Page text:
So, what is Hell exactly? Is it a firey pit where you will spend eternity in torment, having worms crawl through all of your orifices and crows pecking at your eyeballs? Is it merely the absence of God? Or maybe it’s just an eternity of being forced to watch the movie Junior starring Arnold Schwartzenegger over and over (I cried the next day when I realized that I had actually paid money to see the movie the night before). At any rate, Hell is whatever any particular religion tells you it is. Continue reading
This is my attempt to understand then distill and describe how the American legal system can be compared to the scientific method. While this may seem like an obvious notion (it certainly did to me) there is actually an entire field of legal study devoted to comparative law. Who knew? (clearly this Ernest Bruncken guy did, bet he feels Important.)
If you were brave enough to read the entire entry, while not being responsible for blogging about it, either you love the subject or deserve a medal. This is a big subject, but the title of the book from which the excerpt comes says a great deal “Science Of Legal Method“, by Ernest Bruncken.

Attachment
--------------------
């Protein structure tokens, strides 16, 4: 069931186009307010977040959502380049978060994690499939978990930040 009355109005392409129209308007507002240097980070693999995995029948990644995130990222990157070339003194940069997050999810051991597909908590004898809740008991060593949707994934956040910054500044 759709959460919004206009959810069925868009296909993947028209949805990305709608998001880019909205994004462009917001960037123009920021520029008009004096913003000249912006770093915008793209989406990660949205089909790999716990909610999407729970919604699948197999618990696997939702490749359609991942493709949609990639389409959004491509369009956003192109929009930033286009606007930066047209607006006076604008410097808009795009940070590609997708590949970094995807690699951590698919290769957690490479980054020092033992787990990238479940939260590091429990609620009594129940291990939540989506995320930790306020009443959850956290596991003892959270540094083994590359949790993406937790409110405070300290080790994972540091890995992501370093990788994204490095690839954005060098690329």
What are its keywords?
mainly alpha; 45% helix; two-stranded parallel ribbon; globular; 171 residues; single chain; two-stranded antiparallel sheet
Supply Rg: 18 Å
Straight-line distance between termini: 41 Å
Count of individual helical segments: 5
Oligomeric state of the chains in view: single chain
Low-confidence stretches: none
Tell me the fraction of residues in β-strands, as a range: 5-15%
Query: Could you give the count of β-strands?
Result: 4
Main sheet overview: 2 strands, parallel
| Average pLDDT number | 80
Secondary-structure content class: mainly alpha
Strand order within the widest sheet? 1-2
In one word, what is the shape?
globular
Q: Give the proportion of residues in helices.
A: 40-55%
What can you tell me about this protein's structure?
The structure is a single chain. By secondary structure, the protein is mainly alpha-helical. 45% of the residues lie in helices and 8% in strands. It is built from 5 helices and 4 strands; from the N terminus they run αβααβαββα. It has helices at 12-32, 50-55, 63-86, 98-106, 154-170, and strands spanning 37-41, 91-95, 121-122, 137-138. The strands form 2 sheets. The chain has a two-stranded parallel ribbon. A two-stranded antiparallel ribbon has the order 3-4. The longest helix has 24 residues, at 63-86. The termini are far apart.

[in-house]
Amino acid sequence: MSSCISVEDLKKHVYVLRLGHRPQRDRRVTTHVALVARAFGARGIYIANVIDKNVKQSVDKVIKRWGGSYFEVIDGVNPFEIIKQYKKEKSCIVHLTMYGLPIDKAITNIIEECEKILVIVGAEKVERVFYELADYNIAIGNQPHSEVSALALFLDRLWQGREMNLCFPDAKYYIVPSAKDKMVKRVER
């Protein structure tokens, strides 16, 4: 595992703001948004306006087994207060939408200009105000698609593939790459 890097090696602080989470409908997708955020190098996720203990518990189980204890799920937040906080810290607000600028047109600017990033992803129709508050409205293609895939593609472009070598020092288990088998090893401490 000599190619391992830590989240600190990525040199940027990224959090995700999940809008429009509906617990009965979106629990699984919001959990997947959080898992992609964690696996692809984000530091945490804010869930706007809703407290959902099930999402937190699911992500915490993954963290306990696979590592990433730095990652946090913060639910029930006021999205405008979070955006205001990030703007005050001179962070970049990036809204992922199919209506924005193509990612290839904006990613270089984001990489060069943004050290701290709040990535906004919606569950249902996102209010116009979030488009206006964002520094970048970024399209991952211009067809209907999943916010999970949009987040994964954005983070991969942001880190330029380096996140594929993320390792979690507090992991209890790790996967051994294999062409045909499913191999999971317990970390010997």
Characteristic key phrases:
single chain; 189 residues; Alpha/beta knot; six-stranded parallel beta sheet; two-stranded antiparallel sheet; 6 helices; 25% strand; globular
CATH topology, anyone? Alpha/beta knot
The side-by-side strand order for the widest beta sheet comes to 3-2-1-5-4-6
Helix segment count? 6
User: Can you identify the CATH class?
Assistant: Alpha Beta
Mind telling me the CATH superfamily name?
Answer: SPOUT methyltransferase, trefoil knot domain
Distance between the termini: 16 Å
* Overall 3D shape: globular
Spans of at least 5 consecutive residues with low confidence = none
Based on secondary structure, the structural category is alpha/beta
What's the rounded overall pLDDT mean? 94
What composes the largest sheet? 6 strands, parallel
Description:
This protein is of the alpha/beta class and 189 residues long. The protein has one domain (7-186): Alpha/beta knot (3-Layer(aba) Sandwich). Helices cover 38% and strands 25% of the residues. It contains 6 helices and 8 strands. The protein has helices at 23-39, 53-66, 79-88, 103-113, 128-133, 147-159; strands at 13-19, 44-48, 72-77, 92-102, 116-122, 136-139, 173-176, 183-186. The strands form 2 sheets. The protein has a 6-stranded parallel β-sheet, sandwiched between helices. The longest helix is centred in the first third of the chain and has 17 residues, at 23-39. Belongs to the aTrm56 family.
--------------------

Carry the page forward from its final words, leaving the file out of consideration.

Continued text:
Now for my brief observations. (It’s in outline formish, I promise) Continue reading
The issues surrounding the Skeptic and Freethought movements are an absolute carnival of cognitive dissonance and self-justification. It’s difficult to winnow down, but I’ll take one example. Remember, we all carry the notion that we are intelligent and sensible, and disconfirmation of that notion is a prime source of cognitive dissonance.
Some family members of mine were sold a radical, frightfully expensive diet plan by their chiropractor, which involved a 500 calories-per-day food restriction, vitamin supplements and homeopathic hormone drops. It’s safe to say no element of the program failed to set off its own skeptical alarm bells, and the research I did quickly indicated that this diet was based on bad science.